Technology at the Helm


Mimi Nguyen

Technology is improving information algorithms and changing the way we do business. The commercial real estate sector is hot with activity — closing nearly $490 billion in transactions in 2016 alone, according to Real Capital Analytics. But from where we sit, there are many benefits to new technology infiltrating lending/due diligence processes, but there are specific disadvantages.

From an investor standpoint, the availability of good real estate and digital economic data has armed players with more information with which to make informed investment decisions.  For example, Google Earth and Street View allow investors to quickly view a project and its surrounding neighborhood with nothing more than an Internet connection and an address. Anyone can quickly assess if the project location and quality is worth pursuing.  In the past, a site visit or intimate local knowledge of an area was necessary even at a preliminary review level.  Great modeling capabilities (via Excel and Argus) also allow for better and more informed decision making.

Additionally, investors have access to more capital from a larger group of lenders with varying appetites for risk and yield, waiting to capitalize on the commercial real estate momentum. Many lenders have responded to the increased pressure with improved underwriting, specifically in the areas of data acquisition and analysis, thereby creating a more competitive landscape and faster end-to-end process cycle time.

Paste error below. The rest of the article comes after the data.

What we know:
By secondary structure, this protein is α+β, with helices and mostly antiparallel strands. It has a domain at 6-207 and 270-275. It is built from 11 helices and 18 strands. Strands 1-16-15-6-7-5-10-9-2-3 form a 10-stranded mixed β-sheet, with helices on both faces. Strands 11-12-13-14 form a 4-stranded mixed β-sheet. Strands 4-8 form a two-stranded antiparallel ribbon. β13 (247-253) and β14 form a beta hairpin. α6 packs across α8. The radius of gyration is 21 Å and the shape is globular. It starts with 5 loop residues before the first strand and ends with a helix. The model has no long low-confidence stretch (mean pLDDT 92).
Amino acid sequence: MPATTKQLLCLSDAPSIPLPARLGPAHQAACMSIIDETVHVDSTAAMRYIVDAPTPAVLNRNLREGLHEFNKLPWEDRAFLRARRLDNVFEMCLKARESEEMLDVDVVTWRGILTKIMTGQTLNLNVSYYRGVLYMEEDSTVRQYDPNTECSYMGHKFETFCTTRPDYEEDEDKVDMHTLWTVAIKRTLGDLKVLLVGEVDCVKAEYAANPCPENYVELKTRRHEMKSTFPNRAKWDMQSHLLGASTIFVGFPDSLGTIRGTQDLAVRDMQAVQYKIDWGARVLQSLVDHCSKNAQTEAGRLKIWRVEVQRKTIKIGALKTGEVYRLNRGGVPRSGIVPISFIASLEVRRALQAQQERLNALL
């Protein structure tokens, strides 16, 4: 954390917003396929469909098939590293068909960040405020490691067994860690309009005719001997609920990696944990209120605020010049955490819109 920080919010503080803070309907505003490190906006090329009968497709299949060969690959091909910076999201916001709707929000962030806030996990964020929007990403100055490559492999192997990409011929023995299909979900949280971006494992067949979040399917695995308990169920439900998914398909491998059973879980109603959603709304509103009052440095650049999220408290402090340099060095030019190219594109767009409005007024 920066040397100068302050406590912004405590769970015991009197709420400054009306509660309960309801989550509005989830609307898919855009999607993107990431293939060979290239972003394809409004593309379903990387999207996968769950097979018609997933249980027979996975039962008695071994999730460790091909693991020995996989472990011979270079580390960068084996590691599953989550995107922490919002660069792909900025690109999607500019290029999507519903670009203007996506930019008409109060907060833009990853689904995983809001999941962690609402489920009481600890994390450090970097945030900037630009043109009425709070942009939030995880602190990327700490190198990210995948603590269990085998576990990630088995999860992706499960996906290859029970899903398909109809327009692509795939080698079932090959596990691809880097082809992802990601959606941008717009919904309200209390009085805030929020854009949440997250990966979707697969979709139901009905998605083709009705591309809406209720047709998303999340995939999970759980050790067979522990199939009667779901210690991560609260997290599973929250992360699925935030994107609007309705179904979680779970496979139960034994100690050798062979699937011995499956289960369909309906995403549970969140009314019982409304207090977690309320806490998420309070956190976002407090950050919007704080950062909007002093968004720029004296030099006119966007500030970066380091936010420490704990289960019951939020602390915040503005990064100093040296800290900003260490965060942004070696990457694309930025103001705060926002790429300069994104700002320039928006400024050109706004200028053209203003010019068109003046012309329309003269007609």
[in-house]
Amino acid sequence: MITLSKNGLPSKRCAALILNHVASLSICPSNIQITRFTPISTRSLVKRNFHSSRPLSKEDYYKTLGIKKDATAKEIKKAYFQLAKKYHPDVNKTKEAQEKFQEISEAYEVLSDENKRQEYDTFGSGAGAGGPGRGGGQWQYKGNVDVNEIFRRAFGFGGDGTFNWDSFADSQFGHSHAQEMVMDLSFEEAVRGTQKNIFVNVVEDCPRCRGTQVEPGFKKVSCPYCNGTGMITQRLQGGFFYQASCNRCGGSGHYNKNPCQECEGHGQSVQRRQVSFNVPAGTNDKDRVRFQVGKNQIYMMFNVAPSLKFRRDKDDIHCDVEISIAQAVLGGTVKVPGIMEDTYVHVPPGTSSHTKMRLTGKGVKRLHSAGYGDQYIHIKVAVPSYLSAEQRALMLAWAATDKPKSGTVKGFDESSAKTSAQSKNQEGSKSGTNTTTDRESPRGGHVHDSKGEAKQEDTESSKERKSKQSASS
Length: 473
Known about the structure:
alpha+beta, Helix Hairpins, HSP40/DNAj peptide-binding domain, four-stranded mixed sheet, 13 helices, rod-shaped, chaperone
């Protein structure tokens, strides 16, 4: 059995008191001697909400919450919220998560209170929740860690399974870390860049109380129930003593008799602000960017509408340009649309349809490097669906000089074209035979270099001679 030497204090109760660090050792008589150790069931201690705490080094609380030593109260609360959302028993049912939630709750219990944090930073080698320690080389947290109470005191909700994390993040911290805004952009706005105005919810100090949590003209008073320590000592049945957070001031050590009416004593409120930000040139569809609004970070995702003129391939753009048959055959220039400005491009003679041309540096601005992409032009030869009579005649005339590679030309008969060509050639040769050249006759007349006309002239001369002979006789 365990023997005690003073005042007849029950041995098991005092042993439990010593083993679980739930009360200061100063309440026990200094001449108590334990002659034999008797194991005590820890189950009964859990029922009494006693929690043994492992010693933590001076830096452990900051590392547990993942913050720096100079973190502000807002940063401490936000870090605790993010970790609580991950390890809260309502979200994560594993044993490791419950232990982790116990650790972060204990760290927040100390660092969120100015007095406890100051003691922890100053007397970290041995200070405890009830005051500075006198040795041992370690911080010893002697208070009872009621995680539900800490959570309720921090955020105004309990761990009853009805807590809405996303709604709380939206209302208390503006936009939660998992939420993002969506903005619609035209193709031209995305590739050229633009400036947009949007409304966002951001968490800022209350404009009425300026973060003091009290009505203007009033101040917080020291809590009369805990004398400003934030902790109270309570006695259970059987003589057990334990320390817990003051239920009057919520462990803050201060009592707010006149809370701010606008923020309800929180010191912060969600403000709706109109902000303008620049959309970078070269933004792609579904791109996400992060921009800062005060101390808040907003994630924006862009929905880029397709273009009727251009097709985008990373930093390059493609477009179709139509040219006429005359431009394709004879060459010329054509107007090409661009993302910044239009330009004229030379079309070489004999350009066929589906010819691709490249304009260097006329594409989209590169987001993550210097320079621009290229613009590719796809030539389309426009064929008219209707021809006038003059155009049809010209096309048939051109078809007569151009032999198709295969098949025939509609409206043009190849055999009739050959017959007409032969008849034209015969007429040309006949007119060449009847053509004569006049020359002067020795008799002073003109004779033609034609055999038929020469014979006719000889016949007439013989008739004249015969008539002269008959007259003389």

The use of improved technology in the underwriting process is a catch-22. While the speed of the transaction has improved, technology may also add items to a typical underwriting or closing “checklist” because additional research and analysis is now available at a reasonable cost (in terms of time and money) where it was not feasible only 15 or 20 years ago. The regulatory arena also thickens the plot as many financial institutions are burdened by costly regulations that require additional resources that negatively impact their profitability. As the concern over data sharing and security continues to grow in conjunction with technology advances, lenders will be subject to even more regulation.

Technology is synonymous with doing business in every capacity. In today’s hyper connected environment, the need to move information across real estate channels more efficiently, while maintaining risk management and regulatory compliance, is critical. The biggest change technology has had is the volume of good financial data and strong financial modeling tools that are both readily available for the average investor and lender. But one thing is clear and has most experts in agreement: to be a successful lender or investor, leveraging technology in the decision making process should be standard procedure.

 

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Mimi Nguyen is Executive VP, Underwriting for KBS.